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The Spokesman-Review Newspaper

The Spokesman-Review Newspaper The Spokesman-Review

Spokane, Washington  Est. May 19, 1883
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Reins shift at Zag Shop stores

Gonzaga University’s main Zag Shop bookstore reopened Thursday under new management: Follett Higher Education Group. The university joins more than half the nation’s colleges and universities by making the switch, which is expected to save students money on textbooks and return more money to the institution.

WSU’s summer tuition may be cut next year

Washington State University President Elson Floyd said summer tuition may be reduced by 16 percent next year. “What we’re trying to do is figure out more ways to get more students to participate in our summer session,” Floyd said in an interview last week. “Cost may be one of the issues associated with it.”

Student loans 101: The interest rate uproar

Lawmakers on both sides of the aisle agree: It would be a mistake to let interest rates on student loans double in July. Especially if they’re going to be blamed for it in an election year. Student loans have become a political football in recent weeks, with Democrats and Republicans maneuvering to point fingers in case Congress fails to pass legislation to prevent rates from rising this summer. The rhetoric has created confusion – and perhaps unnecessary alarm – about what’s really at stake.

WSU tuition hike to mirror last year’s spike: 16 percent

SEATTLE – People celebrated last month when the Washington Legislature said it wouldn’t have to make college any more expensive, but many forgot that lawmakers had already put plans in place for a double-digit tuition increase next school year. Washington State University’s board of regents posted a timely reminder Friday, when it voted to raise tuition 16 percent for the second year in a row.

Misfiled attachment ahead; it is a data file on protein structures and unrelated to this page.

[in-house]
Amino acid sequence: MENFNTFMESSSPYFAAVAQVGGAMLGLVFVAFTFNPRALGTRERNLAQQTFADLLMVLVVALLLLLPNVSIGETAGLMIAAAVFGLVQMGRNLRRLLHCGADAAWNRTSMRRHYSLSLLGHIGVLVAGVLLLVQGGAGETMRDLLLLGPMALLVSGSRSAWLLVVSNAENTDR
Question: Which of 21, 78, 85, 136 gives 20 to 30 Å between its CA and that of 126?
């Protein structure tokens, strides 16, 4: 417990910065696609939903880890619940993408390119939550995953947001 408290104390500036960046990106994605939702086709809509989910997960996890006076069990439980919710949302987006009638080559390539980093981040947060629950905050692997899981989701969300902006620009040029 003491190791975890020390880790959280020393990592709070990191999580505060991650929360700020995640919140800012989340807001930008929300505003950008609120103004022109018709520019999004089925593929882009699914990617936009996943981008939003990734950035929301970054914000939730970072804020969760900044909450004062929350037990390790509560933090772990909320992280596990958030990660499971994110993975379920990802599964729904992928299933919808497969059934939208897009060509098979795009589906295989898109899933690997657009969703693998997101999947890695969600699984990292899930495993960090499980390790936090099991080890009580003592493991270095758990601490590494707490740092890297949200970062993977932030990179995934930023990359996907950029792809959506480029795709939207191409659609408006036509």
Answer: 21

UI goes public with $225 million capital campaign

Officials at the University of Idaho are going public with a $225 million capital campaign aimed at bringing in money for scholarships, new faculty and upgrades to laboratory and classroom spaces.

Idaho colleges raise costs again, but less sharply

Students at Idaho’s state colleges and universities will pay more next year, but the tuition and fee increases approved Wednesday by the state Board of Education are considerably lower than the stiff increases of recent years, and board members said the schools are still a bargain. “We’re still under most of our sister institutions throughout the United States,” said state board member Milford Terrell. “We’re still the best deal in town.”

Students find Western Governors University

Flexibility, affordability and credibility were the key reasons two Spokane-area residents gave for choosing to enroll in Western Governors University Washington. But reputation was also a factor. “I spoke to several students before I chose to go there,” said Spokane Valley resident Brent Gregory, a recent graduate. “I did a lot of Web research and found all positive feedback.” WGU, which is accredited nationally and locally, was endorsed by the Legislature a year ago to expand post-secondary options for the state’s students. The nonprofit college receives no state funding and offers 50 bachelor’s and master’s online degree programs in business, information technology, education and health care. It’s the only online university endorsed by Washington.

College-bound would be wise to study changes in financial aid